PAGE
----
Inside the Collection

Dinky Toys

Pre-War Dinky Toys
Pre-War Dinky Toys, 2008/158/1. Collection: Powerhouse Museum. Photography by Sotha Bourn.

When we asked our blog readers what topics they’d like to have more posts on, a number of you asked for Matchbox. So, in response, I’ll post a series on die-cast toy cars. I thought I’d start the toy car story off a bit earlier than Matchbox with the famous pre-War Dinky Toys.

In 1933, Frank Hornby, who incidentally invented Meccano and made Hornby Trains, introduced toy cars to go with his 0-gauge toy railways. The first set, the 22 series, appeared in 1933 under the name ‘Modelled Miniatures’, but from 1934 they were called Dinky Toys. The word dinky means ‘neat, trim, dainty’. In the same year a large range of vehicles, aeroplanes and ships were manufactured and by Christmas 1934 there were over 100 items.

Meccano magazines, 1930-1941
Meccano magazines, 1930-1941, 2007/223/2. Collection: Powerhouse Museum. Photography by Marinco Kojdanovski.

As with all Hornby toy production, the toy vehicles were linked to an ingenious marketing campaign and ‘collecting Meccano Dinky Toys’ was advertised in the ‘Meccano Magazine’ as the new hobby for boys. By 1938 there were over 300 toys in the range.

These realistic toys, depicting transport seen on British roads, on the ocean and in the air, were enthusiastically embraced throughout Britain and the Empire. They were relatively inexpensive to buy and could be easily collected. In only 5 years they went from being accessories for railway layouts to being collectable in their own right.

Many Dinky Toys were destroyed or discarded during the Second World War, in part due to the British Government encouraging children to recycle their metal toys for the War effort, to produce aircraft and tanks. We have a small collection of pre-War Dinky Toys which escaped that fate, owned by a boy in Tasmania in the 1930s, far away from the conflict. Dinky Toys heralded the later post-War explosion of die-cast Matchbox, Corgi and, later, Hot Wheels toy vehicles.

Dinky Holland Coachcraft Streamlined Bus
Dinky Holland Coachcraft Streamlined Bus, 2008/158/1-5. Collection: Powerhouse Museum. Photography by Sotha Bourn.
Dinky Cierva Autogiro, 2008/158/1-13 and the full-size Autogiro VH-USR, B2361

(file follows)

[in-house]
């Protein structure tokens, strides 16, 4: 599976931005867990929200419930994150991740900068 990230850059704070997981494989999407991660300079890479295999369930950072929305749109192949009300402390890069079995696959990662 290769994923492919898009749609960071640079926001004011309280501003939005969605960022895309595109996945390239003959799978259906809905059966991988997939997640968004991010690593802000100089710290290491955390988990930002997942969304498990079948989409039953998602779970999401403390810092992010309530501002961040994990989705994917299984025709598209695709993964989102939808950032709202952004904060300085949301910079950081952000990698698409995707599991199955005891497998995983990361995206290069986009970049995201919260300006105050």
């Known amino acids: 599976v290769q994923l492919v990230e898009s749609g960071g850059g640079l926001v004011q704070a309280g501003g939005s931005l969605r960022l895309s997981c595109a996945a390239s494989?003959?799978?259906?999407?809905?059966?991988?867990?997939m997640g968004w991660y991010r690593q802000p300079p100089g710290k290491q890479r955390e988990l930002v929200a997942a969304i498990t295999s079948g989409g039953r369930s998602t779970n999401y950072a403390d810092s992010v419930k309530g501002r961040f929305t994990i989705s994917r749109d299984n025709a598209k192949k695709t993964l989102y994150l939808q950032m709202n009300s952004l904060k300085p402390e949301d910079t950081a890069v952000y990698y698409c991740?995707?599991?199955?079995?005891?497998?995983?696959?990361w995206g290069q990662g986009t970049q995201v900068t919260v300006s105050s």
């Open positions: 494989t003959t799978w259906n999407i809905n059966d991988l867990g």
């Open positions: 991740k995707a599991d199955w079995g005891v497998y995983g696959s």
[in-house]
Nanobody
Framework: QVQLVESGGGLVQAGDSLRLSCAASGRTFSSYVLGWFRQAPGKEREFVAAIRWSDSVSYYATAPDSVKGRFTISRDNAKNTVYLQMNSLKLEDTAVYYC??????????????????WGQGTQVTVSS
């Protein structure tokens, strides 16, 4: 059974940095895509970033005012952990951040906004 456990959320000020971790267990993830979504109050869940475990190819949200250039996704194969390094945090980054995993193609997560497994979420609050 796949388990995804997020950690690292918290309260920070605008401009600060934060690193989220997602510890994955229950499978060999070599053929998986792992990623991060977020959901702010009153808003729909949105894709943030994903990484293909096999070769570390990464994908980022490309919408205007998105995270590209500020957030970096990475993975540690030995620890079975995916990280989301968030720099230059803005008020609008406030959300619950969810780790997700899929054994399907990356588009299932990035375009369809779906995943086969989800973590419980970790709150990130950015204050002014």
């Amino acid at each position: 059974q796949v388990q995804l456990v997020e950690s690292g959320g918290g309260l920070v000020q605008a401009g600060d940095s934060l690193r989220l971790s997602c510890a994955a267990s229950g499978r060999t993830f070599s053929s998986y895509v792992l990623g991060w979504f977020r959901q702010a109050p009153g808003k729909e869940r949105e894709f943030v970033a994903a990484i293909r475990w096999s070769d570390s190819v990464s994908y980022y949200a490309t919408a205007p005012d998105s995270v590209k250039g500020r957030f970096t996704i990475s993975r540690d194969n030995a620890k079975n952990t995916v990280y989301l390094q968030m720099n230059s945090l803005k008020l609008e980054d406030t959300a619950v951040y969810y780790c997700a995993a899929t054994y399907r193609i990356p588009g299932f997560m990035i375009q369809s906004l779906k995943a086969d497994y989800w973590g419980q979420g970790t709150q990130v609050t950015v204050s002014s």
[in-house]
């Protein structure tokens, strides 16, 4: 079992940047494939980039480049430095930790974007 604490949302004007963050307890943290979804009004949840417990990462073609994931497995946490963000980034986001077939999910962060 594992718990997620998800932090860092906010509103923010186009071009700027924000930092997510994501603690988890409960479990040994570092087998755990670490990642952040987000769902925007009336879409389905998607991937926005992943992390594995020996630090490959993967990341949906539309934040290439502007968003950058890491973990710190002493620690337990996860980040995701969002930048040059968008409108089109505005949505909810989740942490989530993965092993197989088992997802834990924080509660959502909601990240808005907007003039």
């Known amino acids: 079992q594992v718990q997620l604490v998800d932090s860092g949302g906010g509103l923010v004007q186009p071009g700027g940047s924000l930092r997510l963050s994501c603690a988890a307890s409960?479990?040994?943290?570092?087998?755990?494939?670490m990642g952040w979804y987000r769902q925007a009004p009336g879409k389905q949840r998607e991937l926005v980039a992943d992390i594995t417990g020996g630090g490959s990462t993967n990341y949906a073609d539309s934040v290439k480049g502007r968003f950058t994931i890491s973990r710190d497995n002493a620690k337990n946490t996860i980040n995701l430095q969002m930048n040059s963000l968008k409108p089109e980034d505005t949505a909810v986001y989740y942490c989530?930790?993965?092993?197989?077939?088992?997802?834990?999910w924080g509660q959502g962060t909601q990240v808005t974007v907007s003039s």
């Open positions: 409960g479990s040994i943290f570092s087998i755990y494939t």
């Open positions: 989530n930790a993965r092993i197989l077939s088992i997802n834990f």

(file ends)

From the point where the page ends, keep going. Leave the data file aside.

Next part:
Dinky Cierva Autogiro, 2008/158/1-13 and the full-size Autogiro VH-USR, B2361. Collection: Powerhouse Museum. Photography by Sotha Bourn.

My favourite Dinky products from the 1930s are the streamlined Holland Coachcraft bus made between 1936 and 1940 and the racing car based on an MG Magnette complete with silencer and boat tail rear body work. I also can’t go past the Autogiro, a forerunner of the helicopter, mainly because we have a rare, full-size Autogiro on display in the Museum.

Yelllow and blue Dinky racing car
Dinky racing car, 2008/158/1-1. Collection: Powerhouse Museum. Photography by Sotha Bourn.

Between 1931 and the brand’s demise in 1980, over one thousand different Dinky models were produced in the UK (excluding variations and the models made in other countries). They included cars, vans, trucks, buses, trains, military and farm vehicles, aircraft, ships and figures. The company established factories in France, Germany, Canada and other parts of the world.

Triumph TR2 Dinky toy
Triumph TR2 Dinky toy, 2008/158/2. Collection: Powerhouse Museum. Photography by Sotha Bourn.

As far as post-War Dinky cars go, I like this Triumph TR2 sports car, produced in the 1950s in the 100 series which included other great British marques, including the MG Midget, Bristol 450, Austin Healey, Aston Martin and Sunbeam Alpine.

Post by Margaret Simpson, Curator

2 responses to “Dinky Toys

  • I have a collection of my late husband model cars an books and would like to donate these to the Powerhouse Museum.
    Please contact me to discuss.
    Kind regards

    Dalia Sinclair OAM

    • Hi Dalia,

      Thanks for getting in touch with this generous offer. All donation offers should be addressed to our Curatorial departments so that they can be considered by the relevant curator. You can email: or phone: +61 2 9217 0192.

      Please also take a look at our information page on donating to the MAAS Collection and what kinds of information we will required, and our blog post earlier this year which outlines what happens after an object is offered for the Collection.

      Thanks again for getting in touch and we look forward to hearing from you.

      Kind regards,
      Sarah Reeves, MAAS

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